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Subscribe to this list via RSS Blog posts tagged in pagan gods

Posted by on in Culture Blogs
How Do You Know When a God Is a God?

Every pagan knows that there are gods walking among us: seen, unseen, and (most often of all, I suspect), seen but unrecognized.

So how do you tell when that radiantly beautiful guy across the street, or the old woman that just happened to whisper exactly the right thing in your ear, is one of us or one of...Them?

According to the sages of India, there are three things to look for.

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  • Murphy Pizza
    Murphy Pizza says #
    Its true about Jesus of Nazareth (we.were.forced to watch it every Lent); Powell has these remarkable icy blue eyes, and not once

Posted by on in Culture Blogs
Theographies

In the intellectual adventure that is modern paganism, we've reached a pretty significant milestone.

We've actually created a new literary genre: the theography.*

I'll define a theography as, broadly, a book about a specific god.**

Some contemporary theographies are anthologies, with contributions by various writers. Others are a single author's tribute to a particular god.

I'm reading one such now.

I'm enjoying the book. My relationship with my own patron being what it is, I'm always interested to hear what other people have to say about their relationships with theirs.

Every theography must balance traditional lore with contemporary experience, and this author does a good job of doing just that. The book is both well-written and entertaining, with hymns, stories, rituals, and a thorough bibliography. All in all, it's much what you would want from a theography: both informative and useful.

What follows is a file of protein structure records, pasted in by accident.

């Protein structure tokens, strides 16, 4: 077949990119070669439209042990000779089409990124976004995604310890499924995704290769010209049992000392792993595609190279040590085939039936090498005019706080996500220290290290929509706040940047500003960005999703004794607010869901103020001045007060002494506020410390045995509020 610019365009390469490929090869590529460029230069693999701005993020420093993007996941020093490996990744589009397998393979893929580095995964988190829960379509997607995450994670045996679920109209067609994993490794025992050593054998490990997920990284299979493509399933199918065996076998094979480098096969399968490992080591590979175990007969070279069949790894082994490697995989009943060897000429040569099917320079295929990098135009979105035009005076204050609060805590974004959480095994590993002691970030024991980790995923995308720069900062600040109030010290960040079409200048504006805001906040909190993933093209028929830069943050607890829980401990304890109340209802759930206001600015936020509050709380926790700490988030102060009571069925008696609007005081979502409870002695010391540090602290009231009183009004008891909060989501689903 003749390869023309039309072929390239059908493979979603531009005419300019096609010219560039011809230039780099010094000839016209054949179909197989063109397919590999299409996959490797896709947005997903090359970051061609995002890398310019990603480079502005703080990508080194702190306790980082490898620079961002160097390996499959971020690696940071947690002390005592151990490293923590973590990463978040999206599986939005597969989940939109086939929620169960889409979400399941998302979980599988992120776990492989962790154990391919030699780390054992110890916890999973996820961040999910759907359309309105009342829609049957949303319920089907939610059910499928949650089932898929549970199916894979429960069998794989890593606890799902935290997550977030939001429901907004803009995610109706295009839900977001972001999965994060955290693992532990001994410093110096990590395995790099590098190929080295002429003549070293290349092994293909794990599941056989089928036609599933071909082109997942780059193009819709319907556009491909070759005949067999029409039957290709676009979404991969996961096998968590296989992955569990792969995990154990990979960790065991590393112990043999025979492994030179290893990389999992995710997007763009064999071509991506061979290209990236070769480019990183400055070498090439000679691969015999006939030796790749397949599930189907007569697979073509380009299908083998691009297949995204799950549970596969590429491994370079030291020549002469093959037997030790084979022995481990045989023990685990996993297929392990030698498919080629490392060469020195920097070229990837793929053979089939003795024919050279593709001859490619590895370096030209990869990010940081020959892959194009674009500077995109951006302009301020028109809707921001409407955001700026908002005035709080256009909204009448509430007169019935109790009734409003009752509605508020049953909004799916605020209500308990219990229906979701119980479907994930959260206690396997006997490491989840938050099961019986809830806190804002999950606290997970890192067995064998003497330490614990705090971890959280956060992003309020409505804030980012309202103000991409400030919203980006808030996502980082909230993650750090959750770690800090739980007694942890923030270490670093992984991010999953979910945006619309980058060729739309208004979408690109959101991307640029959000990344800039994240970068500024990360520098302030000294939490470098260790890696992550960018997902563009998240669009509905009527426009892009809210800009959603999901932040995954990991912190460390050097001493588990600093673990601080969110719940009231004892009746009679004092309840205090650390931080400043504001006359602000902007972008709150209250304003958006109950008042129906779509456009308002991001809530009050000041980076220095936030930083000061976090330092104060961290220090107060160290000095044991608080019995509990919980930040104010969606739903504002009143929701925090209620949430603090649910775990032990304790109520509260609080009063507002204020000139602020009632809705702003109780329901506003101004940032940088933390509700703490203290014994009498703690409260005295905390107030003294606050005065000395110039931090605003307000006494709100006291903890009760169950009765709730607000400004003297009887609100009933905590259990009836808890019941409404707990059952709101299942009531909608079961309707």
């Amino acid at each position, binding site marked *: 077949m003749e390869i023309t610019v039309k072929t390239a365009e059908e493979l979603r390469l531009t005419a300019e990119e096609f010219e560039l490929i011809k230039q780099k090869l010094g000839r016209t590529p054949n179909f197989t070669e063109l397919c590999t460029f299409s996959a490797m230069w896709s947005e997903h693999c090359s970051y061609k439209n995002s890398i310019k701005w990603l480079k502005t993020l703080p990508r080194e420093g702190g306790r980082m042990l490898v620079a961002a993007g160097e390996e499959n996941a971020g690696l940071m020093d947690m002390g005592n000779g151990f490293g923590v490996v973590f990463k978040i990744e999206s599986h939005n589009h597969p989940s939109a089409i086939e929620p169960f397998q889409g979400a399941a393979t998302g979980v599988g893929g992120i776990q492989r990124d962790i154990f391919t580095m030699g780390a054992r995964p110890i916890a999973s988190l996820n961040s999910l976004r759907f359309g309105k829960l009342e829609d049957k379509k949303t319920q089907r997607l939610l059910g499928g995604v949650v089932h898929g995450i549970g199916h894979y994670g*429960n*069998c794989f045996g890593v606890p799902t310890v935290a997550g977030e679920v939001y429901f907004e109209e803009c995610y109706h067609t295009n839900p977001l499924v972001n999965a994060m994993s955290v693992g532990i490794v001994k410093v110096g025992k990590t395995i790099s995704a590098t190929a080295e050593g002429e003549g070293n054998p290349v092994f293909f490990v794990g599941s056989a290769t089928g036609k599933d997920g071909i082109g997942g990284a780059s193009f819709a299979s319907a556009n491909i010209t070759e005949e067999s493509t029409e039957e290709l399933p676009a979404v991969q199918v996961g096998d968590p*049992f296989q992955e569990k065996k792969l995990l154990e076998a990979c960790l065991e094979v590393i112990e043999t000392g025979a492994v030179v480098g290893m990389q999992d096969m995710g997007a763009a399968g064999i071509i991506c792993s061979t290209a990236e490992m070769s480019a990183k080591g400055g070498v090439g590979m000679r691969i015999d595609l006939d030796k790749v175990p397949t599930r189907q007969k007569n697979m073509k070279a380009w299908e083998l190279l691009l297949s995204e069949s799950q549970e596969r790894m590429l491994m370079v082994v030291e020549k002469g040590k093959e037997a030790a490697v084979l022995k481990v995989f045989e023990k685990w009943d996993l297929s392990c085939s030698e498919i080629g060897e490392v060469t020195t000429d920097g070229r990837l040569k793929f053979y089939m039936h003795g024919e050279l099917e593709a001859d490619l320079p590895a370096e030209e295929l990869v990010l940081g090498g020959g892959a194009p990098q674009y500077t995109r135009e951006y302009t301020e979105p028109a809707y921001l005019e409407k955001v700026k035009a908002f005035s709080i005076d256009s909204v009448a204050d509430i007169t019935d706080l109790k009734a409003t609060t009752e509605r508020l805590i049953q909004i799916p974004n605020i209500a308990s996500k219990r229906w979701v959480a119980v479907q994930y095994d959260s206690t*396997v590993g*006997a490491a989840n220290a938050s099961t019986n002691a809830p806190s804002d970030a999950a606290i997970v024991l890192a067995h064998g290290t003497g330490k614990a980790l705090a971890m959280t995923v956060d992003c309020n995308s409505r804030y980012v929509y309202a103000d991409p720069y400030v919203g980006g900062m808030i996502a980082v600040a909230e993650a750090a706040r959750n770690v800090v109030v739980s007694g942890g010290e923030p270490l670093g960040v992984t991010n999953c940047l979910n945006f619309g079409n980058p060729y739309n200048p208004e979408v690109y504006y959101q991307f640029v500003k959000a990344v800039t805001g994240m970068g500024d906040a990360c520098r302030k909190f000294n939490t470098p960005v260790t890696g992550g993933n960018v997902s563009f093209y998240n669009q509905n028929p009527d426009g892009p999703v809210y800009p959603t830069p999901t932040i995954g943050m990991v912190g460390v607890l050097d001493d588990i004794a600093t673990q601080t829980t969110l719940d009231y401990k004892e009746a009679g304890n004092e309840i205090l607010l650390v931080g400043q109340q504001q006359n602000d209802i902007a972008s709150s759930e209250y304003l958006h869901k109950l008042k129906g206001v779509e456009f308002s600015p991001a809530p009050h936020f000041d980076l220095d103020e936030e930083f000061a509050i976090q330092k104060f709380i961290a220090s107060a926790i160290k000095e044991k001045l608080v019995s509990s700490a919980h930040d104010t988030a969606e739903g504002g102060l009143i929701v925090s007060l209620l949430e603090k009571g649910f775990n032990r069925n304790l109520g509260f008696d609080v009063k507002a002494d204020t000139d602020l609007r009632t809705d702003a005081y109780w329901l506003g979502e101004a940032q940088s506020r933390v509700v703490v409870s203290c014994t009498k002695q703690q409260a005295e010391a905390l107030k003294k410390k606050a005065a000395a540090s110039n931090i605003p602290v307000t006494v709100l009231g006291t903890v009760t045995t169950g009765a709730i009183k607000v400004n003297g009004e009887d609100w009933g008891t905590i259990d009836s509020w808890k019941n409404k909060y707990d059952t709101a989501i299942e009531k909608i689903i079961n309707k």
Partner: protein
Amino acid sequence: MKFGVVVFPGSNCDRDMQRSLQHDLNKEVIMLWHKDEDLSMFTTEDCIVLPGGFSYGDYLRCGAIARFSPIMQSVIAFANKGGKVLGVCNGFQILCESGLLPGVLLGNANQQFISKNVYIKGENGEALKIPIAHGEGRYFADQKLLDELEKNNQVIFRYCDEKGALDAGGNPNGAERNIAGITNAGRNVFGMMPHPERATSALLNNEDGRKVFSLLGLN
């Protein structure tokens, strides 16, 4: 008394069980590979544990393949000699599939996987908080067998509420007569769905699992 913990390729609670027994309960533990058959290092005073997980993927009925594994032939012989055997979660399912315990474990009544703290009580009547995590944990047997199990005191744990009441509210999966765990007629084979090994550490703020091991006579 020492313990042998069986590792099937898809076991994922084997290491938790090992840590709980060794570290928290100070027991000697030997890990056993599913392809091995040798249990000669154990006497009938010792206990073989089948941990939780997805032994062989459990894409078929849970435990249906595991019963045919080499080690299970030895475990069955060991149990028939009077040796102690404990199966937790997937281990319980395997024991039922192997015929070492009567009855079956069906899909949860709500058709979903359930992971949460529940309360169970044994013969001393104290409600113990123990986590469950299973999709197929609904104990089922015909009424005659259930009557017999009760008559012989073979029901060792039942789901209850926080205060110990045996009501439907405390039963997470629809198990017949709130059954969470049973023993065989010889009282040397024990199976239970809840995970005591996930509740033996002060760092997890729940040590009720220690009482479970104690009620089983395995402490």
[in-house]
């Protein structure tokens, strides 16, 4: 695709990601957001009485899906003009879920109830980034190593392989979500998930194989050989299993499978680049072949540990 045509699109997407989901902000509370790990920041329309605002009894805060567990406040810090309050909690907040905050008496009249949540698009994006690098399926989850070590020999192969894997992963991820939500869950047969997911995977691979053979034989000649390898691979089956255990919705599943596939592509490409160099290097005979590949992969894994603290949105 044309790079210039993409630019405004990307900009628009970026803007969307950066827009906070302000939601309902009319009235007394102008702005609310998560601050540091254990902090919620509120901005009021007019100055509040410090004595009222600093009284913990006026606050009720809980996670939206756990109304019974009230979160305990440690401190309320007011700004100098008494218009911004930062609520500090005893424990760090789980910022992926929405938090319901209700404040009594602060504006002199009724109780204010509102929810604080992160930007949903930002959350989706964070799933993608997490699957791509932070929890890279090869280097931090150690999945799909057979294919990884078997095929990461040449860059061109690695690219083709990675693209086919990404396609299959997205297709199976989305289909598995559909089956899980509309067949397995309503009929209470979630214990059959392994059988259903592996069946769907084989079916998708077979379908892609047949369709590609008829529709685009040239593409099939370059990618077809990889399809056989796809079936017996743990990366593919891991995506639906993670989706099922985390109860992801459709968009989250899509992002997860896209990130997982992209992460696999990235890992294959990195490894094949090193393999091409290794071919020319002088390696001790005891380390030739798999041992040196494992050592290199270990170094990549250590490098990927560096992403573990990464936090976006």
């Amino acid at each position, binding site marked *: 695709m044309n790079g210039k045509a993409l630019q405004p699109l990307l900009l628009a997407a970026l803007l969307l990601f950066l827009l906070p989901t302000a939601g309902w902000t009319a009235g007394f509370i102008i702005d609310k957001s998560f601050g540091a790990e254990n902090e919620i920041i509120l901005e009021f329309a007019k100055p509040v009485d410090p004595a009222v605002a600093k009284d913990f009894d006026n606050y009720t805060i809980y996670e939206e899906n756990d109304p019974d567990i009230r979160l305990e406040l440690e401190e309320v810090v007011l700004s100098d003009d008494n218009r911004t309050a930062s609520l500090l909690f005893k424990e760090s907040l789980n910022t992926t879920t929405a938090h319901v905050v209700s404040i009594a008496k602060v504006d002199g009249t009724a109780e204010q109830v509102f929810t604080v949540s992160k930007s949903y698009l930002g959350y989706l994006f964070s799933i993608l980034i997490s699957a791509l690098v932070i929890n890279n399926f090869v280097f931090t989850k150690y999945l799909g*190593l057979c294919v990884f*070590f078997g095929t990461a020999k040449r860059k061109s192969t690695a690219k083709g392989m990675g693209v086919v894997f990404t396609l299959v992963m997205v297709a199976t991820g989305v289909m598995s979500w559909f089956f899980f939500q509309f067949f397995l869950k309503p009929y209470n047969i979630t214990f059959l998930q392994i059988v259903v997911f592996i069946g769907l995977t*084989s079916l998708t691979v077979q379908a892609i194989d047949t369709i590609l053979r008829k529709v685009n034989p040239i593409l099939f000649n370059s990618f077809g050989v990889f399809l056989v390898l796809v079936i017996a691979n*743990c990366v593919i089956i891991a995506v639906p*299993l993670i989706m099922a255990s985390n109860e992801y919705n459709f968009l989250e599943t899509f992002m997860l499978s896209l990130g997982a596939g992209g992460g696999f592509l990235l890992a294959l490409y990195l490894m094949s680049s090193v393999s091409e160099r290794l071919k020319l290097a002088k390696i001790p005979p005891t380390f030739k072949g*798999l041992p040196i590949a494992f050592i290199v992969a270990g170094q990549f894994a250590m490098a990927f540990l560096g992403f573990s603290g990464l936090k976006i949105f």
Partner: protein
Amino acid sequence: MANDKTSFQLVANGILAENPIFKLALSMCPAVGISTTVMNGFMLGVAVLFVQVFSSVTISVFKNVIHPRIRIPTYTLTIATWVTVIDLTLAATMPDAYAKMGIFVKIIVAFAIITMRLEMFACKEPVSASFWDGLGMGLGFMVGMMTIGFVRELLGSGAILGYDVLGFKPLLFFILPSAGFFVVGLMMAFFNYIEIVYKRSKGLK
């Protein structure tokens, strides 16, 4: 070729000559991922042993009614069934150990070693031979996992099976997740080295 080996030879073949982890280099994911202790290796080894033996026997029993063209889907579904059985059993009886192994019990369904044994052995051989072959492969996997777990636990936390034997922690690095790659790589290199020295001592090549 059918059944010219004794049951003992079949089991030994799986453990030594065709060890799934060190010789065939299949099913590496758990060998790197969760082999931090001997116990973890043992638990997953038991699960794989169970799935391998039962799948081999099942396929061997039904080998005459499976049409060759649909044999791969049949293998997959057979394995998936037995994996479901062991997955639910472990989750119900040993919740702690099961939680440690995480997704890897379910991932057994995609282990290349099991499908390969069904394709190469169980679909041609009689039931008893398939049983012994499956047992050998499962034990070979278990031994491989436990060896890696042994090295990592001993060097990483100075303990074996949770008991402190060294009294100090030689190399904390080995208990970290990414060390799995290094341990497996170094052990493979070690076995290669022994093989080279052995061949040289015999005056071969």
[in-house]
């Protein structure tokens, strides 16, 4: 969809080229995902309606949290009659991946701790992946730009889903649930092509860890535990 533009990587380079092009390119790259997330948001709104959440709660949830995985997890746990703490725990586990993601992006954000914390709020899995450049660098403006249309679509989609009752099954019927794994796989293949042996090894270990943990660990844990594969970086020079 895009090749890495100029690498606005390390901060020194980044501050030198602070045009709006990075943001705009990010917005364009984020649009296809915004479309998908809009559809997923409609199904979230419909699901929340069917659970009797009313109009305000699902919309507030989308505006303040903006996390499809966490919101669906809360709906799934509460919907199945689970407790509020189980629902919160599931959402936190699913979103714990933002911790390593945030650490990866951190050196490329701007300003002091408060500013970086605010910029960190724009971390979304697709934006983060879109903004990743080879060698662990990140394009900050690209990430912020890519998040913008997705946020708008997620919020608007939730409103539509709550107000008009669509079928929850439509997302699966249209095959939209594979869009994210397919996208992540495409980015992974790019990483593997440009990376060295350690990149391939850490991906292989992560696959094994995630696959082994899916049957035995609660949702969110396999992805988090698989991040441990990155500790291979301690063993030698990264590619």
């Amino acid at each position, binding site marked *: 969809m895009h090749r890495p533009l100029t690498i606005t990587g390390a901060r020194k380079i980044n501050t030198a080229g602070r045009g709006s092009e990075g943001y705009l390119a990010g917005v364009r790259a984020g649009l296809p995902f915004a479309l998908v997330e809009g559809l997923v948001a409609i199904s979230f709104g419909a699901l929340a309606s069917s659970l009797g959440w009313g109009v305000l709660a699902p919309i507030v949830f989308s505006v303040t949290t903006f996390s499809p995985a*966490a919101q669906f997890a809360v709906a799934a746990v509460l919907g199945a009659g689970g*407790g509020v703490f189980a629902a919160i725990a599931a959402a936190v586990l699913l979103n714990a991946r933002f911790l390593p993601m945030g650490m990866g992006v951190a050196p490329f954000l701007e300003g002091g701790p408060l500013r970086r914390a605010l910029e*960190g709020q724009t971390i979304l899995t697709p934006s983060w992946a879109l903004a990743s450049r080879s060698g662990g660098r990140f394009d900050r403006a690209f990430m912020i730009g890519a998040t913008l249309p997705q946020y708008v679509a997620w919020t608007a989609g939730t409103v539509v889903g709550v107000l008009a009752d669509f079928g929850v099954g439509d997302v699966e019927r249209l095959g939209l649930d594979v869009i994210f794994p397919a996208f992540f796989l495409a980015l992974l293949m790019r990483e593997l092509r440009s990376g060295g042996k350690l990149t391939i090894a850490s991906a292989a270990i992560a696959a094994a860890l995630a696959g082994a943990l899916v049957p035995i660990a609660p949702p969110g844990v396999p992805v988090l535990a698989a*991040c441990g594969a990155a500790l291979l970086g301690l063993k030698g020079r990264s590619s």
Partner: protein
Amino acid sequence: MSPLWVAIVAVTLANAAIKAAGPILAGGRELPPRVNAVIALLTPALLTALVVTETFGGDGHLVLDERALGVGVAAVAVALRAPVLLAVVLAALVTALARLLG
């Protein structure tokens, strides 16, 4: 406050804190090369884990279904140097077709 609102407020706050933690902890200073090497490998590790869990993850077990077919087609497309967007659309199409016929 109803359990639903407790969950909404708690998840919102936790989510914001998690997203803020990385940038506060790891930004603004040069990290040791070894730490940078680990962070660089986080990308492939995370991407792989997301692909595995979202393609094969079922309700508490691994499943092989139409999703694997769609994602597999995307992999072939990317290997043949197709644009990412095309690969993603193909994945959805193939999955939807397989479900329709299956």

But something is missing here. It's not so much what is being said as what isn't.

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Posted by on in Paths Blogs
Designing With The Divine

Sometimes when I make art, I take on the role of psychopomp - creating art for the dying and deceased, as well as those left behind: a death mask for a dying man, a painted mailbox for a gravesite for a young teen, portraits of beloved pets who have left this world. 

Sometimes my art leads me to the path of the Oracle, creating work for clients to help clear their paths that starts with a Tarot reading and ends with a painting or talisman: finding or defining a vocation, marking a new beginning, or helping to find resolution in the past so that new work can begin.  

Sometimes when I am making art, I am the Witch and Conjurer. I pull from my own inner visions to create images and unravel myths.  I can simultaneously make works for myself, for everyone, for anyone, and for no one at all, weaving the materials into spells and stories.  There is all of the meaning to be unlocked - or none at all, seen and unseen. Much of my work tends to fall into this category. 

And sometimes when I make art, I am the Priest and Priestess. The process goes beyond communing with the media, materials, and inklings of visions, and becomes a conversation with Someone Else. You can call it Spirit, God, Goddess, the Mighty Dead, the Ancestors, but those are just labels that help us grasp Them. I have worked with Many over the years - pretty much from every path that you can think of.  Sometimes it is for a client, who has been called to have a certain piece (or pieces) of artwork on their altar by their Patron/Matron.  Other times, I'll be working on a concept and it will have the effect of calling in Someone new (or old).